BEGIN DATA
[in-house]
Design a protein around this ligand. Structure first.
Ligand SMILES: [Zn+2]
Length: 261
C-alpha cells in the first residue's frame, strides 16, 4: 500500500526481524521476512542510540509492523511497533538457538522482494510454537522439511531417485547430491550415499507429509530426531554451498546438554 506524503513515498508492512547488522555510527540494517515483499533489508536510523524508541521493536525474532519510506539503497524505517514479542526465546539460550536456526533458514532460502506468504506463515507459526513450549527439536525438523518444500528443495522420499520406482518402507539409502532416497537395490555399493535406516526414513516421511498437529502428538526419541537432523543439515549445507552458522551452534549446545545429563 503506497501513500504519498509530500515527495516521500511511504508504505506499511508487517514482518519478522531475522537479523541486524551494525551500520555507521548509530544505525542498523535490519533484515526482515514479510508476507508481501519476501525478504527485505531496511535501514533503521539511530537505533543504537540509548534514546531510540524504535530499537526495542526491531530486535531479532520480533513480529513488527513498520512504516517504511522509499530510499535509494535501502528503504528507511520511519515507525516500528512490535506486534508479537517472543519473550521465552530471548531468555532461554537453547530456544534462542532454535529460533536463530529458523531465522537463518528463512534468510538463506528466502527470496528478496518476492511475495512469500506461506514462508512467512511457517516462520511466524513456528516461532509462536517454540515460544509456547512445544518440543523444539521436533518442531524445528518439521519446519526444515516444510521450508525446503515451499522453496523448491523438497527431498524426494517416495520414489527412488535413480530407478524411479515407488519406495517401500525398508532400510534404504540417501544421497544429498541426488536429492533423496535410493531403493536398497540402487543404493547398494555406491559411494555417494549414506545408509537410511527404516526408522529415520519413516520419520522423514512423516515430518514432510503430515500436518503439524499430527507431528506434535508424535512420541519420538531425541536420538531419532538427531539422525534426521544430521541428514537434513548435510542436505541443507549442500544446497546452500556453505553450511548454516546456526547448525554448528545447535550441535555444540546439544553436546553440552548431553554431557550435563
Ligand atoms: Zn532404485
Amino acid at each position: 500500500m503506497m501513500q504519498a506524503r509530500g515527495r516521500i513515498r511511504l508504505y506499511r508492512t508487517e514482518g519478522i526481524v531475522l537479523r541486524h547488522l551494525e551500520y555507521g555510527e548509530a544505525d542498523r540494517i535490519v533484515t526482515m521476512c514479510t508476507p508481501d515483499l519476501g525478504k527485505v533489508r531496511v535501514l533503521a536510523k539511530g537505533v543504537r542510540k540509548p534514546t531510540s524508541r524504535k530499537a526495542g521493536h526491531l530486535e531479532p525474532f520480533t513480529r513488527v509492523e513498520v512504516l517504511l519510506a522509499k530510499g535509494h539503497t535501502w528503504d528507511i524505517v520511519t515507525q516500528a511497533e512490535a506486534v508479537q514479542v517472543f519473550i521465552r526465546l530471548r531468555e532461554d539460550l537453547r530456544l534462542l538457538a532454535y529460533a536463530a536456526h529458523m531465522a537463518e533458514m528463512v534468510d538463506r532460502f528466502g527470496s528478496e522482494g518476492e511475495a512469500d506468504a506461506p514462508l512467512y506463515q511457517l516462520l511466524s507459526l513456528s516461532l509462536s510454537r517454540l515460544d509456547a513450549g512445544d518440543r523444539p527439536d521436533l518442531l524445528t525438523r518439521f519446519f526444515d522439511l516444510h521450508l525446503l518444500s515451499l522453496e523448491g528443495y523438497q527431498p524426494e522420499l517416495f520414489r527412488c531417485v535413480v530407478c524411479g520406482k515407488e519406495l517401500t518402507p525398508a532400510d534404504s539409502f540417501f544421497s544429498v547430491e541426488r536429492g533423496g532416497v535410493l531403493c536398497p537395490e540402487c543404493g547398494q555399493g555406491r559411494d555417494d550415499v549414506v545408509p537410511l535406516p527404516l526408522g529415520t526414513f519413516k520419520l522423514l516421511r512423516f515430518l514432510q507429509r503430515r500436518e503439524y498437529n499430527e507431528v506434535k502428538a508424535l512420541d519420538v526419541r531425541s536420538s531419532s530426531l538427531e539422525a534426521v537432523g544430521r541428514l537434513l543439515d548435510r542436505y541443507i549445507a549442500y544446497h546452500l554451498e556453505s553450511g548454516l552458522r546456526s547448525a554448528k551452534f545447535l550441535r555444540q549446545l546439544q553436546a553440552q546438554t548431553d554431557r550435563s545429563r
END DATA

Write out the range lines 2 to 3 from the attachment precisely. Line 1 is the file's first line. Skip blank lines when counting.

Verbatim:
Design a protein around this ligand. Structure first.
Ligand SMILES: [Zn+2]